When it comes to trade associations, companies have an extraordinarily wide variety from which to choose — representing individual industries and policy positions, to name a few. In the United States alone, there are literally thousands, not even counting the professional associations that might serve a company’s employees.
And therein lies the challenge. How is a company to decide which trade association membership is vital, and which might be nice to have?
Trade associations exist to bring enterprises together with shared interests to address priority industry issues. Sometimes they want to show a united front to lawmakers, regulators, the public, nongovernmental organizations (NGOs), or media outlets on various policy issues. Just as often, it is to share industry information on trends, new technology, and best practices or tackle problems together that members face. These associations are often funded with a mix of membership dues, non-dues revenue, sponsorship dollars, and targeted services that support its members.
Any given company might have hundreds of potential associations across a mix of industry-specific and industry-agnostic issues from which to choose. Each association will vary on the issues it addresses, the approach it takes, and the constituencies it serves. Prioritizing memberships has become challenging for companies given the numbers, with various business units sometimes coming to different conclusions and taking it upon themselves to join various groups. This can cause firms to suddenly find themselves members of dozens of associations that serve similar purposes, which can end up being an expensive proposition that prevents companies from getting the most out of their memberships.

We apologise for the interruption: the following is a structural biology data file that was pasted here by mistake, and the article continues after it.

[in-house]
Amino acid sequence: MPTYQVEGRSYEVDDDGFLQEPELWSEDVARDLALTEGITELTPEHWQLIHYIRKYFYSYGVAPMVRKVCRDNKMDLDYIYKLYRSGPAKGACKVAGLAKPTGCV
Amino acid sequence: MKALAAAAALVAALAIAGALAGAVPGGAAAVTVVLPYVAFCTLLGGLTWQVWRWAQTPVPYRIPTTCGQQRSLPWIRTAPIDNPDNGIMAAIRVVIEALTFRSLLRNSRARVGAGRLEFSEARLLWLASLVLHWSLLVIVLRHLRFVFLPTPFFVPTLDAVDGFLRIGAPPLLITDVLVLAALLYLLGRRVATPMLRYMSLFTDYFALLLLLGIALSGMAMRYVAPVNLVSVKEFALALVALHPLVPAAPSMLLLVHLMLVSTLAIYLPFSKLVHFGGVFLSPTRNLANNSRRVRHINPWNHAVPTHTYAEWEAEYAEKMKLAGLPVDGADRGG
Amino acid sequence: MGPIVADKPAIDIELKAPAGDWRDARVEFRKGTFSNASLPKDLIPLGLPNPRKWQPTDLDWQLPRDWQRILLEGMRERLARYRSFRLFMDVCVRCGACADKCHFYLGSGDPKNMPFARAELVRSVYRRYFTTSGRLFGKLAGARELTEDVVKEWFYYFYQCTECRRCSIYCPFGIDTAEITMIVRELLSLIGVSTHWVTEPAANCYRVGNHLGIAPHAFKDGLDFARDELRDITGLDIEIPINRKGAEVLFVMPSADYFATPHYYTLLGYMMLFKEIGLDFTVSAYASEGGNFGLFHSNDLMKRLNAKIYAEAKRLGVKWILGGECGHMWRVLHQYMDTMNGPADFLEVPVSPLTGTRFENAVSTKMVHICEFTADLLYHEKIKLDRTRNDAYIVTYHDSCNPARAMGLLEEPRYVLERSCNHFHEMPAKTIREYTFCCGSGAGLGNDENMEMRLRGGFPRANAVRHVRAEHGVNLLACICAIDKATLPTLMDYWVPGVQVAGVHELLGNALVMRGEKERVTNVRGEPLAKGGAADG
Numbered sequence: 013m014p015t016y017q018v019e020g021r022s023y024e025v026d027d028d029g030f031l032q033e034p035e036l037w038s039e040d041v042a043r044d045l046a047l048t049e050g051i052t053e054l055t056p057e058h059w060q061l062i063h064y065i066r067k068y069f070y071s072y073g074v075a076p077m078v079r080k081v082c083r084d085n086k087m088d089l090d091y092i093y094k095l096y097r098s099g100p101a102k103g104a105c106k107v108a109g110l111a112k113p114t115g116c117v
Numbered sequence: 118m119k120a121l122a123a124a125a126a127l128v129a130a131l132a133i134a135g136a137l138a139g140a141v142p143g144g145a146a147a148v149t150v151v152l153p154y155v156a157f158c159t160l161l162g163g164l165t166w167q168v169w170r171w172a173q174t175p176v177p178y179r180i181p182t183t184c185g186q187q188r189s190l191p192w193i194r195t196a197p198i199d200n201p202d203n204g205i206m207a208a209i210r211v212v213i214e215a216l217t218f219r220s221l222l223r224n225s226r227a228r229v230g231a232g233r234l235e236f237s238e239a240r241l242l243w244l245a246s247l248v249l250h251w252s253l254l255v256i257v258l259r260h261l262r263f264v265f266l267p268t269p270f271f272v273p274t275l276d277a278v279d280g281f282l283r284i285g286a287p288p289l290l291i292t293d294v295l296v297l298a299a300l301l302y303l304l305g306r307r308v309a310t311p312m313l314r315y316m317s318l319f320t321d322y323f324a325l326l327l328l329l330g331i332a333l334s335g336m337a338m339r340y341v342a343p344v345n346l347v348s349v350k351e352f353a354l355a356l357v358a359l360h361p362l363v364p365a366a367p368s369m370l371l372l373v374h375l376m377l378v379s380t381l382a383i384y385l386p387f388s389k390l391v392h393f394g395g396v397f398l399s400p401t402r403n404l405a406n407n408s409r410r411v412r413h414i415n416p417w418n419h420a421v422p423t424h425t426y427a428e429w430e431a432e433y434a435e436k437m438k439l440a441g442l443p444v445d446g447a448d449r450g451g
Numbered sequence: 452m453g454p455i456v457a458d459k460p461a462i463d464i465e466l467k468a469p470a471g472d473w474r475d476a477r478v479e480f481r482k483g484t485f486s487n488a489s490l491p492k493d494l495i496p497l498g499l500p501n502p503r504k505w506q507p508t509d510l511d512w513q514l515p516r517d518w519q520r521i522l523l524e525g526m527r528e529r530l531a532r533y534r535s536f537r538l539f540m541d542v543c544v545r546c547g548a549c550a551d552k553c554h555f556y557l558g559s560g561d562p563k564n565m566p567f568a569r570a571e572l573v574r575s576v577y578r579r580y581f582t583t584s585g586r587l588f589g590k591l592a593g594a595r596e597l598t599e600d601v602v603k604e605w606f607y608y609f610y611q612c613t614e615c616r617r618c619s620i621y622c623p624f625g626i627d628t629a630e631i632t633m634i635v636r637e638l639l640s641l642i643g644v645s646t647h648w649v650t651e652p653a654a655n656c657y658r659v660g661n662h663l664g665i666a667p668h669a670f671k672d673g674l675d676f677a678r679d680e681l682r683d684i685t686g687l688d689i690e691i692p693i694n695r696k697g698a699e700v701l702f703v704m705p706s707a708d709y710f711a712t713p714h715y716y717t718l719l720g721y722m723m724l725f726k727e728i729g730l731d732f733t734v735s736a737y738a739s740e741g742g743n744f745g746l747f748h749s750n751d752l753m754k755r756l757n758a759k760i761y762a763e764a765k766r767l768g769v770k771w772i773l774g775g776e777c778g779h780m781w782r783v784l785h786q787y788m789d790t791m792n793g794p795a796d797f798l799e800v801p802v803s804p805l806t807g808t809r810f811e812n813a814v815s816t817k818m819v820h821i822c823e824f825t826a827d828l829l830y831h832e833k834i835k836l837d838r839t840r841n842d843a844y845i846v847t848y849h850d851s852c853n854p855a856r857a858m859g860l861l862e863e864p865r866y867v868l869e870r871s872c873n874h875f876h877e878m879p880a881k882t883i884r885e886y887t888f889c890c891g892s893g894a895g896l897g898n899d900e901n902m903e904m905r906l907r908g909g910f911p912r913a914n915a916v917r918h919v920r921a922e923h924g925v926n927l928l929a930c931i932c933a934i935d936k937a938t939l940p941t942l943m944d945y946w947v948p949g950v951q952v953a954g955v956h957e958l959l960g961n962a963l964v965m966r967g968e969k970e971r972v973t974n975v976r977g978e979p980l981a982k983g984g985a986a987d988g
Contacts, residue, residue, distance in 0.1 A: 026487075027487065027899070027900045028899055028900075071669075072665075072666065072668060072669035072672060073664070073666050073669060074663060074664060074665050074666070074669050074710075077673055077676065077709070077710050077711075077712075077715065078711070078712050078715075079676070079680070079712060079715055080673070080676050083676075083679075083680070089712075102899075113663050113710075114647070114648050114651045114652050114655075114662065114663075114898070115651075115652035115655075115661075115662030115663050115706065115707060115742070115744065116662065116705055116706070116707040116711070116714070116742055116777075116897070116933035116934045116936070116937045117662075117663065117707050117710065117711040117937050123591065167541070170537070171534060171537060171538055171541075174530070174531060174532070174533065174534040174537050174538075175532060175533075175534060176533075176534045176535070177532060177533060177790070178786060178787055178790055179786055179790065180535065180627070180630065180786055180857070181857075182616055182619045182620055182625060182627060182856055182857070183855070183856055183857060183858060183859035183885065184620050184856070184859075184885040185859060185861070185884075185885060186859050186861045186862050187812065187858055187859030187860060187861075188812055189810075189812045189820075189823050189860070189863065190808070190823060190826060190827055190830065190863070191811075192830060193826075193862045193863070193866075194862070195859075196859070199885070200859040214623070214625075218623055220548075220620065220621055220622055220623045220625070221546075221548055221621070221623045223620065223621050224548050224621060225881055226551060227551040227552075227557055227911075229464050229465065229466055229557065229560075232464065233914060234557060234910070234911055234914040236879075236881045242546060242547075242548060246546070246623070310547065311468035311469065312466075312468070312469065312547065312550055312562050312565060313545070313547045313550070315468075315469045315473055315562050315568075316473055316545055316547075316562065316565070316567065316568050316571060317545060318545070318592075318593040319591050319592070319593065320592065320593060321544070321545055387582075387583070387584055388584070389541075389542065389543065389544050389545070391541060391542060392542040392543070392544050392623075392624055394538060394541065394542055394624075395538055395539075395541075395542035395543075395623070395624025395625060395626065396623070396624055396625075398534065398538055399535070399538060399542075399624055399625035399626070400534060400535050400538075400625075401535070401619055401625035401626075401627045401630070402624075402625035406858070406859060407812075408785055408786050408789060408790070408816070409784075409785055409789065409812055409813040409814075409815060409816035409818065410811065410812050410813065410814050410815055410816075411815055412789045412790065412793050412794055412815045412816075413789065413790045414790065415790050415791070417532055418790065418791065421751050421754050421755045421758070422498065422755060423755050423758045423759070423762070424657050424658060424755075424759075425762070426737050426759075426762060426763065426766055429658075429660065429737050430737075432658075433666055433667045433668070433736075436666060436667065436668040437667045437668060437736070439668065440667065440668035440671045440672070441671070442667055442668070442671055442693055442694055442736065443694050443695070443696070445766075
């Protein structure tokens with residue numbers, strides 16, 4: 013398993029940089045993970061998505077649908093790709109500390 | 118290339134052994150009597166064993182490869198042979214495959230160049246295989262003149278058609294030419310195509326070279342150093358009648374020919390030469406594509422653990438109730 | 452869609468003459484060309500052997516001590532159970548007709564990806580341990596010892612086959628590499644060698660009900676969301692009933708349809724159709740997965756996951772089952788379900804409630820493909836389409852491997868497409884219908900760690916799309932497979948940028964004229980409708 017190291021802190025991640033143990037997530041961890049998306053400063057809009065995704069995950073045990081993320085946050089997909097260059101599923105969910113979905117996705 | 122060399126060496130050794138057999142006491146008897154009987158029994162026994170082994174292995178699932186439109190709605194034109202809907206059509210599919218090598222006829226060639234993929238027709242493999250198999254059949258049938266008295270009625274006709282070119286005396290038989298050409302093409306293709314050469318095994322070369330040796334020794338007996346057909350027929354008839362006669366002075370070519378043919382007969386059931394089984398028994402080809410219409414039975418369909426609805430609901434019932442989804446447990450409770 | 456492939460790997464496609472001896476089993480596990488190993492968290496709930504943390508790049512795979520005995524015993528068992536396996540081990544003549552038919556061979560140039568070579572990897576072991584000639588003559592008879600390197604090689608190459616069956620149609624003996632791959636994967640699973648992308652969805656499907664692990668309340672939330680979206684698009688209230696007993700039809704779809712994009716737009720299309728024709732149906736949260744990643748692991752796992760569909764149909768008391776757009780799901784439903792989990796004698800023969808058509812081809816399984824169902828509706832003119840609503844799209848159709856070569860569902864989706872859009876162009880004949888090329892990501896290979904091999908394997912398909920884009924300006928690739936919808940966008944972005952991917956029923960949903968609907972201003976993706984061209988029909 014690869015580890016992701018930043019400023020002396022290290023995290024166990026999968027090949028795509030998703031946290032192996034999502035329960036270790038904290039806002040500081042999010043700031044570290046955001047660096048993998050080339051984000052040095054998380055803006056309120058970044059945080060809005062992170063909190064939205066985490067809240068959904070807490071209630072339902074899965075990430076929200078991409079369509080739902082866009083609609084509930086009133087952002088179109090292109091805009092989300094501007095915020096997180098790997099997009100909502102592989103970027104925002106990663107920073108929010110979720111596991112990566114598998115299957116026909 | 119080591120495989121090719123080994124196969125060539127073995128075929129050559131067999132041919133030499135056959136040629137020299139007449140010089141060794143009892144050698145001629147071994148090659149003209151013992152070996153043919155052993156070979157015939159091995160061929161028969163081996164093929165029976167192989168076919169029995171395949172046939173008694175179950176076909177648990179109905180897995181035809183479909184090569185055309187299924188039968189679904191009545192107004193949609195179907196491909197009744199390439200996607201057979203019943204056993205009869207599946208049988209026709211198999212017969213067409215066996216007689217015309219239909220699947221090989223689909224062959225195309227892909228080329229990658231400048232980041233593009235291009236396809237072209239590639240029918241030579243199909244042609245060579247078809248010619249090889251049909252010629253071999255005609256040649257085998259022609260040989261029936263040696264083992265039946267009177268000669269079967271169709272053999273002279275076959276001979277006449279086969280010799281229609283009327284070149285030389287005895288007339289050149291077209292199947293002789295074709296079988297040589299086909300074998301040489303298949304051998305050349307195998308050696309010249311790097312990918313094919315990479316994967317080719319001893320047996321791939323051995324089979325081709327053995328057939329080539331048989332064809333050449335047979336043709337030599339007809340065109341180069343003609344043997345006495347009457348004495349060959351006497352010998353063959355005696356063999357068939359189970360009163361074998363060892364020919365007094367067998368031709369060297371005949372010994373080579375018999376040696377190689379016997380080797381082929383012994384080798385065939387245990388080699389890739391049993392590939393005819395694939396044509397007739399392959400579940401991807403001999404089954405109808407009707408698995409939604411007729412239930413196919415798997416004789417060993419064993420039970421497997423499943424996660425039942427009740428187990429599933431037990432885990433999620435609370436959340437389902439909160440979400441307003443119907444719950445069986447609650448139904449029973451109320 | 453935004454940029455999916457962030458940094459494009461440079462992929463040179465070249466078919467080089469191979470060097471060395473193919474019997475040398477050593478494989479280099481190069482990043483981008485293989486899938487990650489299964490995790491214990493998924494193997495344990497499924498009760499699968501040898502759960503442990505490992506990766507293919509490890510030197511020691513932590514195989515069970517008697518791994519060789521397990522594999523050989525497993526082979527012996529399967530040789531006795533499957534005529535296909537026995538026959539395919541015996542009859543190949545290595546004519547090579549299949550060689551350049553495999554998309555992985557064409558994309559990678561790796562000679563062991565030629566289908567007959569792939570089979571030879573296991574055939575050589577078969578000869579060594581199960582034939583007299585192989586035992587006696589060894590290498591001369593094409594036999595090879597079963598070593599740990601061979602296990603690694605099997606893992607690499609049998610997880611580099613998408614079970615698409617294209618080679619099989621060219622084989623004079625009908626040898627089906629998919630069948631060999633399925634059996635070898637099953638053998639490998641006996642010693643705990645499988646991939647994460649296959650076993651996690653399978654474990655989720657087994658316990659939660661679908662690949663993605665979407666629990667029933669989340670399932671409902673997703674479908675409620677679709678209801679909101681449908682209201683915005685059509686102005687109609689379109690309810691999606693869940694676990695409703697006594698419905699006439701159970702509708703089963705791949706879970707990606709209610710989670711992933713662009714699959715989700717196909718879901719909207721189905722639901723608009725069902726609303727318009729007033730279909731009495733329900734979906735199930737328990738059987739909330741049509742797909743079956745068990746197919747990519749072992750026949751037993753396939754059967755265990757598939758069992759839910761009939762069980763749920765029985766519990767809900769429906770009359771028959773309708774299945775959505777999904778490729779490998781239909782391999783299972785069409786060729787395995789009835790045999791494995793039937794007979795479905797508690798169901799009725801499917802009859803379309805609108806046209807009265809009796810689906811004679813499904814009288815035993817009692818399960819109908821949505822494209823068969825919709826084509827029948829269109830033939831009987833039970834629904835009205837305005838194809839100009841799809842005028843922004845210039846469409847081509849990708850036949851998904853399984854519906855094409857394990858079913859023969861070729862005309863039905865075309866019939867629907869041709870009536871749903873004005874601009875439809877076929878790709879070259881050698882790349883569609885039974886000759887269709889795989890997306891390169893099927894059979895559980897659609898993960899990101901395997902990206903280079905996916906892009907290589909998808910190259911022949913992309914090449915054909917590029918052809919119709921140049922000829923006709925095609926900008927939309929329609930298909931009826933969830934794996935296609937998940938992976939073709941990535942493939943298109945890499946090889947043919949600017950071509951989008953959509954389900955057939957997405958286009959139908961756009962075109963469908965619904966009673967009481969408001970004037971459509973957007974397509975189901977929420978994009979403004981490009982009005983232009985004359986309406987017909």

Trade association memberships can be extremely valuable to companies when they are supported appropriately. This requires focusing on the three key areas where they can play the biggest role:
- Public advocacy: Through trade associations, companies can promote policies favorable to themselves and their industry and oppose those that threaten industry interests. They can work to improve an industry’s reputation with the public, lawmakers, and NGOs and other interest or pressure groups, while simultaneously insulating members from criticism by letting the association rather than individual members take stances on key issues or new regulations.
- Cross-company collaboration: Trade associations offer a forum for organizations to work with peers, trading partners, and even rivals to address industry issues and build better working relationships. Often, trading partners find themselves on opposite sides of the table. Being part of the same industry association gives them opportunities to sit on the same side of the table, promoting a different dynamic that can result in co-created solutions. If done well, this can grow into business as usual. They can also coordinate change across an industry, unlocking opportunities for transformation that would be impossible (or much slower) if pushed by individual companies alone. One example is in the adoption of new technology.